For Mary Jo Smith, Father’s Day affirms and provides many memories, lessons, hopes and dreams to help frame the meaning on the holiday.
The Kingston Springs resident remembers time with her late father, Lloyd Point, as well as the father of her children and her husband of 33 years, E.G. Smith.
“My dad died suddenly of heart attack,” Smith said. “He had many good years and was a wonderful grandpa to my boys who were 10, seven and four years old when he died.”
She remembers her father as not being an outdoors person.
“He was a reader, loved music, played piano, clarinet, accordion, but he couldn’t sing,” Smith said. “As a grandpa he would put the kids down for nap and sing them to sleep. I remember hearing my youngest through the baby monitor screaming: Grandpa no sing, Grandpa no sing!”
She also remembers the lessons that her father taught her.
“He taught me to never quit,” she said. “Both he and my mother taught us it’s too soon to quit. Just keep pressing on.
“In fact, I wanted to work at the Monroe Harding Children’s Home in Nashville, but it became too stressful and I ended up working here in the library,” she said about her position as library assistant at South Cheatham for the past 14 years.
She said that her husband has been a blessing.
“He relates well to children and has a childlike quality in many ways,” she said. “I remember after our first was born, he said to me that he wanted to have lots of children!”
She said E.G., who is well known in the community as a musician and a community theatre performer, is a great listener and reserves judgment well.
“What stands out about fatherhood for E.G. is his willingness to put others needs in front of his.” She said. “He’s a wonderful dad, a steady breadwinner, involved with the kids. They can call him, reach out to him, spend time with him and it’s very gratifying.”
A Kingston Springs father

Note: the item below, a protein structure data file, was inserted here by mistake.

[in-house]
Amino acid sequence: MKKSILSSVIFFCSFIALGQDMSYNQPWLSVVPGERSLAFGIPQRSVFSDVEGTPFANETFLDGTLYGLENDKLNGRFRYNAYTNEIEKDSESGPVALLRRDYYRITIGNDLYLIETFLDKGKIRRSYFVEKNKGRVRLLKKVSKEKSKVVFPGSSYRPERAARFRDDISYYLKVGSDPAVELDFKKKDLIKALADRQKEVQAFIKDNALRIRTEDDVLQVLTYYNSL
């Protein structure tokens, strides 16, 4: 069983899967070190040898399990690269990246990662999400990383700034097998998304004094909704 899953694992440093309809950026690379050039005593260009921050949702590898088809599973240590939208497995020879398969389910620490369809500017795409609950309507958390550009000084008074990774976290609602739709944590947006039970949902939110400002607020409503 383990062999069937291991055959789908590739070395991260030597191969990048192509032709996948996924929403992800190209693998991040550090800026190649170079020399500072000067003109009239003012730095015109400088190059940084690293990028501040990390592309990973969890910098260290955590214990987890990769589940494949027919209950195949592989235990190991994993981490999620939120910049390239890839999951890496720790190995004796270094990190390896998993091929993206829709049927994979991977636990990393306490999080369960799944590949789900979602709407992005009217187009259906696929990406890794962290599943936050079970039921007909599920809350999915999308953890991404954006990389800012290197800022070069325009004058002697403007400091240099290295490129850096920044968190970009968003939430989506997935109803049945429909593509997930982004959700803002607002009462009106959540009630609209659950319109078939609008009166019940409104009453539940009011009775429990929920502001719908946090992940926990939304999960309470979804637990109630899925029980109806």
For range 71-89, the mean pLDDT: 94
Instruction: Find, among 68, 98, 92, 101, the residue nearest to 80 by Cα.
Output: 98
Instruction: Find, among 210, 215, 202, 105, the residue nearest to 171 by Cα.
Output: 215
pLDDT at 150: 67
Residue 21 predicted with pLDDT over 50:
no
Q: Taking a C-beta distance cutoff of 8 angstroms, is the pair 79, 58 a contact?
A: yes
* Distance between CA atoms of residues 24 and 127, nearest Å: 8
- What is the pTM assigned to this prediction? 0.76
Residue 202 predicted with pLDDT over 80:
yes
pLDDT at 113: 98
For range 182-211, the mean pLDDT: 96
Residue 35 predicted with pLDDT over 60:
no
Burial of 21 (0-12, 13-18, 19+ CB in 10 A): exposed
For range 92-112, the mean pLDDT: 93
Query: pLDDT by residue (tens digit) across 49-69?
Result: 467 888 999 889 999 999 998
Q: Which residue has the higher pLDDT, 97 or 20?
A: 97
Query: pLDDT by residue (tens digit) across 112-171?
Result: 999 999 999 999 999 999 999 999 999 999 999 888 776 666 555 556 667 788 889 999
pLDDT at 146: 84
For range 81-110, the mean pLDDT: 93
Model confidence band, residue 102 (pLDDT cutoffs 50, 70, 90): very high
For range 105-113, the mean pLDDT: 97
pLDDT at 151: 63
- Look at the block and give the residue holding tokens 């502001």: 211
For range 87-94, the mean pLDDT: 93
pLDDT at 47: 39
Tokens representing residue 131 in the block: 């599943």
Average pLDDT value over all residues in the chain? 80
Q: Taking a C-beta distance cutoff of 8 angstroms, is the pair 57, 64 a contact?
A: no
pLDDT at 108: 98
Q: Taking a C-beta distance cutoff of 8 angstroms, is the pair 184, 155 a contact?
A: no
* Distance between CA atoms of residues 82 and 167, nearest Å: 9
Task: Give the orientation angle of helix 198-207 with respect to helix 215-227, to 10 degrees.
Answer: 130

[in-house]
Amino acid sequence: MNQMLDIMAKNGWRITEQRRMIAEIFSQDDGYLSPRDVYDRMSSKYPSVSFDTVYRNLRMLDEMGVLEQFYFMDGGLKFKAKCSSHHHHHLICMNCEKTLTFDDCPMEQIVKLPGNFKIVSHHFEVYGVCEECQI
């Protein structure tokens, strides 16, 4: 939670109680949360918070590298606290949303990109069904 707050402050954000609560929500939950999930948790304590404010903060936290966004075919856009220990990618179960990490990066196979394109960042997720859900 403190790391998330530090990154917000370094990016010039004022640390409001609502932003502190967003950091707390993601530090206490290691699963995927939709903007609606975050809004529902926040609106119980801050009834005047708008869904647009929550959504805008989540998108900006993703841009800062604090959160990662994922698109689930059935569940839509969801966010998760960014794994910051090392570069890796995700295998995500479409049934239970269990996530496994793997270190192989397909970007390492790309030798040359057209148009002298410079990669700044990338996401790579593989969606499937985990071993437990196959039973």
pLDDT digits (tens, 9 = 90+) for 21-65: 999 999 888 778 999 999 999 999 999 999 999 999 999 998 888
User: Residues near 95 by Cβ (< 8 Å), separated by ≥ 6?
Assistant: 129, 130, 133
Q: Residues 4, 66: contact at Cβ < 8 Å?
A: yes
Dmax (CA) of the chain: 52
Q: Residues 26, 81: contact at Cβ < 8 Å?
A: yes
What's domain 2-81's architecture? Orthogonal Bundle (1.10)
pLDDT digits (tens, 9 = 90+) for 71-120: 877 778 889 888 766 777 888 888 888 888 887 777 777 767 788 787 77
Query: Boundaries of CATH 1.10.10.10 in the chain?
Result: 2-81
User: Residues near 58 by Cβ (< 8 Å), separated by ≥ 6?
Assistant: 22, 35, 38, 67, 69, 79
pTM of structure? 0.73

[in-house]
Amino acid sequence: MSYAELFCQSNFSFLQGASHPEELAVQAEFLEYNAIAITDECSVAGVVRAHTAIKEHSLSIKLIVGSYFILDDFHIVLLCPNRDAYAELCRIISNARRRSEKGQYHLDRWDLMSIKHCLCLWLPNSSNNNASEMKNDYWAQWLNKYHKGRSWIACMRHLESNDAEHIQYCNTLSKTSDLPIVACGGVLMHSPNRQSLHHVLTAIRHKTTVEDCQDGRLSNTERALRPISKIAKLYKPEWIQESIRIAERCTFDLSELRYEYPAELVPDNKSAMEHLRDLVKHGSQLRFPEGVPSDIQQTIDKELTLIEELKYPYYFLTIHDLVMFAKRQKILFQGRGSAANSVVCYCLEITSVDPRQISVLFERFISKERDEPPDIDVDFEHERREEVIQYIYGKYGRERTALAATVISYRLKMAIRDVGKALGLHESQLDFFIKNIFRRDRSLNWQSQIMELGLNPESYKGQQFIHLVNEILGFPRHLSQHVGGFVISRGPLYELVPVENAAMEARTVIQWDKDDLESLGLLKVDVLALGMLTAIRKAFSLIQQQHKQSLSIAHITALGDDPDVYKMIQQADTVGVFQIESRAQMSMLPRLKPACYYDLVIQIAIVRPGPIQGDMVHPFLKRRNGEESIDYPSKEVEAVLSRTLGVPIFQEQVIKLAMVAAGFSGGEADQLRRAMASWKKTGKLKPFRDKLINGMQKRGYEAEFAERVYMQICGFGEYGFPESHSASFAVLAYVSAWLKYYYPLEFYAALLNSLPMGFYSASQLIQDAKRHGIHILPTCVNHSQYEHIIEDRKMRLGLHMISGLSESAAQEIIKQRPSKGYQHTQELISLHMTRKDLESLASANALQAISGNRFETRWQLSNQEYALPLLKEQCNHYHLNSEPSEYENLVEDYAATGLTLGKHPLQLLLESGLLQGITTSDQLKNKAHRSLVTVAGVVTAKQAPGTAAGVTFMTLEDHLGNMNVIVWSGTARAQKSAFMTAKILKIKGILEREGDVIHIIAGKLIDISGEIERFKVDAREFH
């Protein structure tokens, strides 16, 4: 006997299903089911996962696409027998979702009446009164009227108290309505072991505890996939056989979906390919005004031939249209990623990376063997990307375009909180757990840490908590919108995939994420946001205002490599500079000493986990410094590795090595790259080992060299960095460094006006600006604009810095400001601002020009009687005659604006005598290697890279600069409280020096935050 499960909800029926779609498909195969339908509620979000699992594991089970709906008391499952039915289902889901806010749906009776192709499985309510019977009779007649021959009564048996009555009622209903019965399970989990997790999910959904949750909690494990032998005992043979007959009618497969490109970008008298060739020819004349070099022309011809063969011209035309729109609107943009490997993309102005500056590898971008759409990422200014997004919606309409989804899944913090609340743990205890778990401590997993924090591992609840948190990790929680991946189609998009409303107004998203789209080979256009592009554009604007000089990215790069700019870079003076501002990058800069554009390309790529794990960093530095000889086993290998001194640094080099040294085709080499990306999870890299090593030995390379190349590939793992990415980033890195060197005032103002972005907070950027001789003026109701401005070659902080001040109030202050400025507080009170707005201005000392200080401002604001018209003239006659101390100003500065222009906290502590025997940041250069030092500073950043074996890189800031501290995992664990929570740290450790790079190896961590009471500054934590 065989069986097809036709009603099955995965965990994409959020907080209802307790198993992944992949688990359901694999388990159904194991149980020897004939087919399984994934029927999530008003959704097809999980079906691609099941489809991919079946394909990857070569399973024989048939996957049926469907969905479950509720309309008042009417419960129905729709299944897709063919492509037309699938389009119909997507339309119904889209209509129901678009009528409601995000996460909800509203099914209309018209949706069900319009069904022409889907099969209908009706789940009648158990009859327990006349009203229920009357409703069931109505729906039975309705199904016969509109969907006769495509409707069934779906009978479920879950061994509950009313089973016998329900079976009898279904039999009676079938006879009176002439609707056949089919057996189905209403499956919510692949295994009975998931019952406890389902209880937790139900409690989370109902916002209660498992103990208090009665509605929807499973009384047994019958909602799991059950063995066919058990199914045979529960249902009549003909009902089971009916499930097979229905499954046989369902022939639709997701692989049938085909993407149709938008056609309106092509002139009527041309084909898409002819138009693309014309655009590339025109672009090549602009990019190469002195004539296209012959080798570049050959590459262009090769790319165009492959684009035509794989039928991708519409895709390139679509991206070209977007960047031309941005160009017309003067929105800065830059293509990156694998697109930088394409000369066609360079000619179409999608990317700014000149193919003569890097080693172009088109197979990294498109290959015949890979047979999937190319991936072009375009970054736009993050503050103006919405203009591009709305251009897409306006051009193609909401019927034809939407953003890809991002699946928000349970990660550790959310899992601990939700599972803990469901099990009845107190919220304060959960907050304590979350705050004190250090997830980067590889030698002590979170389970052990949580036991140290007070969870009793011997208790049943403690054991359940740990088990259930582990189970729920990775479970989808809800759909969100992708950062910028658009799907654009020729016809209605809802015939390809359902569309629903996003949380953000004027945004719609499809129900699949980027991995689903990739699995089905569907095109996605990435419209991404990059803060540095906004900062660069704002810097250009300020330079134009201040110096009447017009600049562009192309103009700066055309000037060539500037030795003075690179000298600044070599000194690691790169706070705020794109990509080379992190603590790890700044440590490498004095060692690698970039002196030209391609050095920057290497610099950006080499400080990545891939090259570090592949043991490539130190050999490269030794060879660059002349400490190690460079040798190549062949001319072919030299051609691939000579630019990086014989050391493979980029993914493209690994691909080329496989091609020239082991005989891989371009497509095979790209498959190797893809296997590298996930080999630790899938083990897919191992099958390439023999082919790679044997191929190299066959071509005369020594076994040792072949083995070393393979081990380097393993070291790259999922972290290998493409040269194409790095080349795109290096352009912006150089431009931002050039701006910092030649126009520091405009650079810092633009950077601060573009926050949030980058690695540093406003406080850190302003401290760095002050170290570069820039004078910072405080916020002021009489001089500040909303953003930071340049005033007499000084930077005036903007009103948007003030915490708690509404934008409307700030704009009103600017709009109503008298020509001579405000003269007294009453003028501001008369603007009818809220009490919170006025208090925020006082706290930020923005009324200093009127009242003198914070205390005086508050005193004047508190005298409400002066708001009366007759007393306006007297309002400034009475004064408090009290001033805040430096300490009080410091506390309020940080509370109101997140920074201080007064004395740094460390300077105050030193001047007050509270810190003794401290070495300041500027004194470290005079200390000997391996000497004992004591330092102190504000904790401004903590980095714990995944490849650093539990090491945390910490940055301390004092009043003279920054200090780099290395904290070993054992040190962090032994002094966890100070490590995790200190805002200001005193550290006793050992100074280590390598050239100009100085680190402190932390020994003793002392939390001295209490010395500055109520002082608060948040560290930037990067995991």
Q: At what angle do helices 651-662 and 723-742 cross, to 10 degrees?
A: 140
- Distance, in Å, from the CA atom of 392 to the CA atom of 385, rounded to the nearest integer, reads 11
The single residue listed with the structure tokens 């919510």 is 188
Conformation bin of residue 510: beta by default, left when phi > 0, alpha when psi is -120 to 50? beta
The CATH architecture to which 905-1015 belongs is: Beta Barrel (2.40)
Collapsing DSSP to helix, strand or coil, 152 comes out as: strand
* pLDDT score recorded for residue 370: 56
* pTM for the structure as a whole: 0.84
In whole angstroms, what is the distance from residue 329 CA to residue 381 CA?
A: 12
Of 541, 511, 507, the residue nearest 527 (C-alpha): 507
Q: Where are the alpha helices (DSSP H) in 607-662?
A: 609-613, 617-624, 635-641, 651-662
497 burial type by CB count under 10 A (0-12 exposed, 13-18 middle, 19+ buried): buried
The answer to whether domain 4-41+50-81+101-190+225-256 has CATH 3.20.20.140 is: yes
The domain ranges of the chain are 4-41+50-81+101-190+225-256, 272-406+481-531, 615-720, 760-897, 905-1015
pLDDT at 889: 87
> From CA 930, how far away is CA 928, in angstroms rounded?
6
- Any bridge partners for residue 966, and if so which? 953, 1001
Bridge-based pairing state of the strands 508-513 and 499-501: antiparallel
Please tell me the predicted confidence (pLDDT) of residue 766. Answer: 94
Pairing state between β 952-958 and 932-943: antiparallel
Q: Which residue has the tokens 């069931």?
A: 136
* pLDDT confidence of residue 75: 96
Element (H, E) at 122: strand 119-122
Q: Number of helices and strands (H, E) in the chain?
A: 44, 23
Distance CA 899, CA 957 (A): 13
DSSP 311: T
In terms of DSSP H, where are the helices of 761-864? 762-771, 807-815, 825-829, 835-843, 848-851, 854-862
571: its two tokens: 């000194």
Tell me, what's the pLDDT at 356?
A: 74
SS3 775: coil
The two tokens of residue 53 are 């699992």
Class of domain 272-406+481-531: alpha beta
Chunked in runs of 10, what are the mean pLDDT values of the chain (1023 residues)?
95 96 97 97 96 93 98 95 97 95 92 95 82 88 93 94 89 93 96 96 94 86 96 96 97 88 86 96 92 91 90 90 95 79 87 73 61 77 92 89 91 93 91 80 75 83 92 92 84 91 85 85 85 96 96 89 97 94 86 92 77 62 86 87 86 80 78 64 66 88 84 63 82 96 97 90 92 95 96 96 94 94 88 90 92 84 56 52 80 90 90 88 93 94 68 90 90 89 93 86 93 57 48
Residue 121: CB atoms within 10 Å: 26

Kingston Springs resident Jack Kapanka is a father of four who is known throughout South Cheatham as a gifted songwriter and community activist and volunteer, helping out at the Ark in Pegram.
“I think I’m the luckiest position in the world,” Kapanka said. “I’ve got four beautiful children that I don’t know how but they do nothing but bring me joy. They’re amazing. Every stage of their life — I don’t know how we did it. Every single step with these kids has been smiles and hugs and love.”
He and his wife, Kandy, have four children: Summer, 20; Gabby, 18; and fraternal twins, Lilly and Jack, 11.
“Lilly is into basketball and volleyball, Gabby is getting ready to work at Sweet T’s, Summer is in South Africa and Jack is in a play at the Renaissance Center as the coroner in Munchkin Land,” Jack said. “The kids cheer each other on.”
Kapanka said he loves the positive feedback he receives as a family man.
“Hearing others talk to us or compliment us on our kids, it’s such a beautiful thing,” he said. “It makes you feel so good. Summer’s doing a blog from South Africa, and it’s very moving. My kids teach me everything. I love watching them learn. They understand the importance of learning. They bring out love that I never knew I could feel. They feel good about what they’re doing and path they are on.
“Honestly, there are lots of good kids out there. In Cheatham County as a whole. There are a lot of great parents out there.”
He said the biggest challenge of fatherhood is trying to be fair to each child.
“Be consistent, don’t favor one because each child is unique,” he said. “Summer is regimented, Gabby laid back, Lilly’s shy right now and Jack is finding out that he has a voice and he can perform.”
Kapanka was clear in his offer of fatherly advice.
“Love them all the time, never let them think you don’t love them,” he said. “Don’t let them get away with things. They are your responsibility to stay on them.”